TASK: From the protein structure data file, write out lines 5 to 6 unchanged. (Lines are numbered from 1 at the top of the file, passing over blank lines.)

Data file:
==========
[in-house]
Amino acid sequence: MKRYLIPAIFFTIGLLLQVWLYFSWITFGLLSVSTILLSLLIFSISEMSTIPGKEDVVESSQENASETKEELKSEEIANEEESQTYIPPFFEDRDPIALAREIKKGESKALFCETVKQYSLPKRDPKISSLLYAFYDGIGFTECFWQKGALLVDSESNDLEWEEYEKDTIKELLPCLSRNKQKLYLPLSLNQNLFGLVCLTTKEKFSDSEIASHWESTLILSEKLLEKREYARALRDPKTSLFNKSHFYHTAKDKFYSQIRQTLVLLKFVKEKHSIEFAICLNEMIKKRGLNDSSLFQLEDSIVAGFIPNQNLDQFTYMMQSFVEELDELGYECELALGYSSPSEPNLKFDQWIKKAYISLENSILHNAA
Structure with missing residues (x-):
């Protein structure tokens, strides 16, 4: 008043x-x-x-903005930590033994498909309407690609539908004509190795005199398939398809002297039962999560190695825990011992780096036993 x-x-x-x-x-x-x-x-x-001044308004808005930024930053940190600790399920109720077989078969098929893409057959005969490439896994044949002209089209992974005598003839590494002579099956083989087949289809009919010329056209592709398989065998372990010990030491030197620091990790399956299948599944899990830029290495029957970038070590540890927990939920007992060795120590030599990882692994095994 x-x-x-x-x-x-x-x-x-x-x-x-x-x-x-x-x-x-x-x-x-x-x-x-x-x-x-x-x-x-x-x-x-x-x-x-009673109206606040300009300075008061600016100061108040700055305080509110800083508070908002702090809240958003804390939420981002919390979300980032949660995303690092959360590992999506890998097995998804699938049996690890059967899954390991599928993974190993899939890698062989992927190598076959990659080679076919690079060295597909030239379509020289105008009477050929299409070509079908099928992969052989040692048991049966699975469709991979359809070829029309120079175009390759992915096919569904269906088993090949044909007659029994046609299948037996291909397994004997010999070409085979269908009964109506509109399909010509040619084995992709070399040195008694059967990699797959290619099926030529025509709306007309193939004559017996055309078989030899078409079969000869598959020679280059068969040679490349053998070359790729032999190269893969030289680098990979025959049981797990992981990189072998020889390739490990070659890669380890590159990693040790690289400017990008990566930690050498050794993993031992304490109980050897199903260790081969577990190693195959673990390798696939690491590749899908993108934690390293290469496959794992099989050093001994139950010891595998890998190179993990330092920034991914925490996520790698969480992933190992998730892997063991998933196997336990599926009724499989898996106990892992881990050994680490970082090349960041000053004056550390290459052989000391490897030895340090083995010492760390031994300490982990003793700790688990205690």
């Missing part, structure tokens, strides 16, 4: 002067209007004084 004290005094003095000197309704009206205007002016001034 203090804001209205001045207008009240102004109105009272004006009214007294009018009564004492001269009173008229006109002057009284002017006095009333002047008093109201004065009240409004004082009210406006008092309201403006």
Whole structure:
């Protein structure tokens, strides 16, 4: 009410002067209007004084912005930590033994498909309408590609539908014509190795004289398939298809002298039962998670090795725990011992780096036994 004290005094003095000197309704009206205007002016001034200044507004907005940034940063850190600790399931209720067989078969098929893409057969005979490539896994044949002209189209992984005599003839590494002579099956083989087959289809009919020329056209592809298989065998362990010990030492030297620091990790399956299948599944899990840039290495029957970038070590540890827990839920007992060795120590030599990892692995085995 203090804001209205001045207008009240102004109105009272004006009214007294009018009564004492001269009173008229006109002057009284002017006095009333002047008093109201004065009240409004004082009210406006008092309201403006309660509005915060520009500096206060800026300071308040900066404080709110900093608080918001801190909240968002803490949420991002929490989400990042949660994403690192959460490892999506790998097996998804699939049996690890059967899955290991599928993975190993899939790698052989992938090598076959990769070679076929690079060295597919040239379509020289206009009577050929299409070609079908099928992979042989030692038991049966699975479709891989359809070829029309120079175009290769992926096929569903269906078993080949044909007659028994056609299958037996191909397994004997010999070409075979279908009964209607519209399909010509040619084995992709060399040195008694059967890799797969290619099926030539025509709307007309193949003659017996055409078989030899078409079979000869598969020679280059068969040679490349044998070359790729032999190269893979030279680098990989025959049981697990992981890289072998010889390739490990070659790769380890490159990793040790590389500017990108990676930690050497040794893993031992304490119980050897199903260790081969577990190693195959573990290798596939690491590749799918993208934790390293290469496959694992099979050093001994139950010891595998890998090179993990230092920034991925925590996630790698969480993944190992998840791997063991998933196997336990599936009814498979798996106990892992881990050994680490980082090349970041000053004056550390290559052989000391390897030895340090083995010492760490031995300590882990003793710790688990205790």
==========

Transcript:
């Missing part, structure tokens, strides 16, 4: 002067209007004084 004290005094003095000197309704009206205007002016001034 203090804001209205001045207008009240102004109105009272004006009214007294009018009564004492001269009173008229006109002057009284002017006095009333002047008093109201004065009240409004004082009210406006008092309201403006």
Whole structure: